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One of the major challenges facing the construction industry over the next three years is the lack of skilled personnel available to complete the regeneration of Ireland’s built landscape.
There is an estimated shortage of 112,000 people in the industry, with a particular shortage of experienced architects and engineers at all levels.
As well as engineers and architects, skilled craftspeople are desperately needed – the number of skilled craftspeople working in Ireland in 2015 was 48,900, but an additional 36,000 skilled craftspeople (including apprentices) will be needed by 2020. See DKM report.
For February and March, CIF will be running a series of interviews with returned emigrants who have come home to work in the industry in Ireland – why they left, why they came home and their hopes and fears for the future. Through this we hope to give insight into the expectations they have about working in Ireland, what motivated them to return home, and discover what Ireland and the construction industry can do to attract valuable personnel back to Ireland.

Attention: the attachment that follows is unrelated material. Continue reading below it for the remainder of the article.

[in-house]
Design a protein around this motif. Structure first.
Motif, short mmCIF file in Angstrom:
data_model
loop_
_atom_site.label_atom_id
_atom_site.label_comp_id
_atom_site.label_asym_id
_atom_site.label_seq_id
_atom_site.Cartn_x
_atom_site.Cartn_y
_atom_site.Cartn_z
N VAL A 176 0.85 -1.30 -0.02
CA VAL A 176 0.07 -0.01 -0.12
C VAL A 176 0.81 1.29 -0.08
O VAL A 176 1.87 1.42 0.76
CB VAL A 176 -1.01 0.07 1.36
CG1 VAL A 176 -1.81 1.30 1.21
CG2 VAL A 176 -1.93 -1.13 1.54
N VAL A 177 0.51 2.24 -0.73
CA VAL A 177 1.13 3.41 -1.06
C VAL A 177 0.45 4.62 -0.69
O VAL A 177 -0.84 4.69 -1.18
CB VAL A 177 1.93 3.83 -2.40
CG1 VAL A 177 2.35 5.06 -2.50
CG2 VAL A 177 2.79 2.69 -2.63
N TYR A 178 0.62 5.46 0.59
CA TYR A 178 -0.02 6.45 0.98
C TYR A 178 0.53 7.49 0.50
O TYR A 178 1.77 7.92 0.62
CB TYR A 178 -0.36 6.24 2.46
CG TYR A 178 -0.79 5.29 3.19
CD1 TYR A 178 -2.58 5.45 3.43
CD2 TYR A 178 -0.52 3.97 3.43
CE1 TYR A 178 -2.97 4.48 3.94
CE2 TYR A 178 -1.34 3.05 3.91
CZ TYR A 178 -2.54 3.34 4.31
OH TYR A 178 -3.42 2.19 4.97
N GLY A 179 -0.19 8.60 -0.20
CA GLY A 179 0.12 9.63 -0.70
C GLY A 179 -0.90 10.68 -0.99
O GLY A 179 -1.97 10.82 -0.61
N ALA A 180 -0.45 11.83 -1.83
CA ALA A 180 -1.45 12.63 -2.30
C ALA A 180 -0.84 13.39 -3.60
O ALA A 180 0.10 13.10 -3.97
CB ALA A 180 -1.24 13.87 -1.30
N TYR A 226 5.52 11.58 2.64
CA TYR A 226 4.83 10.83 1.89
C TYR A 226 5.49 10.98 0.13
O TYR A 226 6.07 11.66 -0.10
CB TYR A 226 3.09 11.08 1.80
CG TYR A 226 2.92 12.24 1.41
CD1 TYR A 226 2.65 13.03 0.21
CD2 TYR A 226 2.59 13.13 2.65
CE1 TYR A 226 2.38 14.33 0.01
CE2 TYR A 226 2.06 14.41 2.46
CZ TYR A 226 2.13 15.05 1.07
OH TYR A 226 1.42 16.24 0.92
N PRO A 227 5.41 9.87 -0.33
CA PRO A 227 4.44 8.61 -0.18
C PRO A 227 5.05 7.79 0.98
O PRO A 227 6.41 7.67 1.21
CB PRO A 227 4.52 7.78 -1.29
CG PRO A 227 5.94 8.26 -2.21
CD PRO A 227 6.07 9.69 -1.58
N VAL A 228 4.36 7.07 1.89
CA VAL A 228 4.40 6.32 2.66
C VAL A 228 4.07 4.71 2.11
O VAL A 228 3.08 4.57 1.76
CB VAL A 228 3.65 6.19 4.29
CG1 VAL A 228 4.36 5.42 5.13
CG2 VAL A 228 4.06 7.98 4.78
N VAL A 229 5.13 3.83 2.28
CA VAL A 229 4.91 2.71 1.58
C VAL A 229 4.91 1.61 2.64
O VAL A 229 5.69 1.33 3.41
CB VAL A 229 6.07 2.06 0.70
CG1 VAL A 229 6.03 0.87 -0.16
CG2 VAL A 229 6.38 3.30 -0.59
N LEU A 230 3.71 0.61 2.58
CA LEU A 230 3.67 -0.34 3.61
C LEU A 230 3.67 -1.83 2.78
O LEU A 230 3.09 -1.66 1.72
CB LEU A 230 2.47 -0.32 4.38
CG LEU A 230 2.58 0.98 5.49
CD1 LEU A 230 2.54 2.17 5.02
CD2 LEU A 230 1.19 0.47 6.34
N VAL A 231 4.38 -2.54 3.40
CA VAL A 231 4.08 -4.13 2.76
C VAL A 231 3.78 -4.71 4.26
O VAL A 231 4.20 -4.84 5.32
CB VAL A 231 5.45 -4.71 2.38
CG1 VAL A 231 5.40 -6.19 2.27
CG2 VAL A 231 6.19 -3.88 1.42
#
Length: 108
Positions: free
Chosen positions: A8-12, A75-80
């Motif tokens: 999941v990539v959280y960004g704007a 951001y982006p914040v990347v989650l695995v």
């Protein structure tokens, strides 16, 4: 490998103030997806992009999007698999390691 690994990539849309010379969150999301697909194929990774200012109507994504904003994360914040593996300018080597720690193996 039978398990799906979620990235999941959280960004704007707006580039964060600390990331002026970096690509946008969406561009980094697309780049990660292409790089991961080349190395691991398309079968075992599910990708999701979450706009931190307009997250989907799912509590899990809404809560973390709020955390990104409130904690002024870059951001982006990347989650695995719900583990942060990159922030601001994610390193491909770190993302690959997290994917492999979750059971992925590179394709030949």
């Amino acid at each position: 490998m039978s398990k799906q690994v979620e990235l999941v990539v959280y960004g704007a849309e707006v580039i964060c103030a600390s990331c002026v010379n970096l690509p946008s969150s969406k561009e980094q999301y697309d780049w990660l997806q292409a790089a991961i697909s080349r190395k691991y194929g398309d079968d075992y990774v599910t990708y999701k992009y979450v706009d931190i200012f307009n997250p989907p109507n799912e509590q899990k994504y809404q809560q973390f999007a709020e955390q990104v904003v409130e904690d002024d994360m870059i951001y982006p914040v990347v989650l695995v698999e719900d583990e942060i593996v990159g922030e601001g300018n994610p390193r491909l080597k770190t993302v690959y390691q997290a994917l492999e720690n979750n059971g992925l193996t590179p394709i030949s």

Today we speak with Richard Thompson of HA O’Neill, Mechanical HVAC and Process Piping Contractors, part of the Jones Engineering group who spent nine years living withhis wife and children in Perth, Western Australia. After eight years working the family sold their home in Perth and travelled around Australia for a year, home-schooling the children, before moving home to Ireland.
Construction Network Ireland talked to Richie about the good and bad of living abroad and moving home – while the work situation has been very positive since coming home, the problems getting a mortgage, the cost of motor insurance and the cost of living in Ireland generally have been a challenge.
How did you get started in the construction industry?
I did an apprenticeship and worked for eight years in Ireland as a plumber before I emigrated. Thankfully the time that I was working in the industry in Ireland, things were booming from start to finish, so emigrating was a very different prospect for me than it was for a lot of people in that respect. I almost didn’t leave Ireland at the time there was so much work!
So what was it that prompted you to move abroad, what was the impetus?
I’d just always wanted to live abroad, to see a bit of the world and to live work in a hot country appealed to me. I have family living in Singapore and I always liked the look of their lifestyle, and I had always wanted to backpack around Australia. I had a child when I was doing my apprenticeship, so that went out the window for a few years.
I remember there was a seminar in the RDS where the Australian government was trying to attract Irish tradespeople to live and work in Australia in 2005. I went to it and was really interested, but I put it on the long finger for a couple of years before we began to prepare for it seriously in 2007.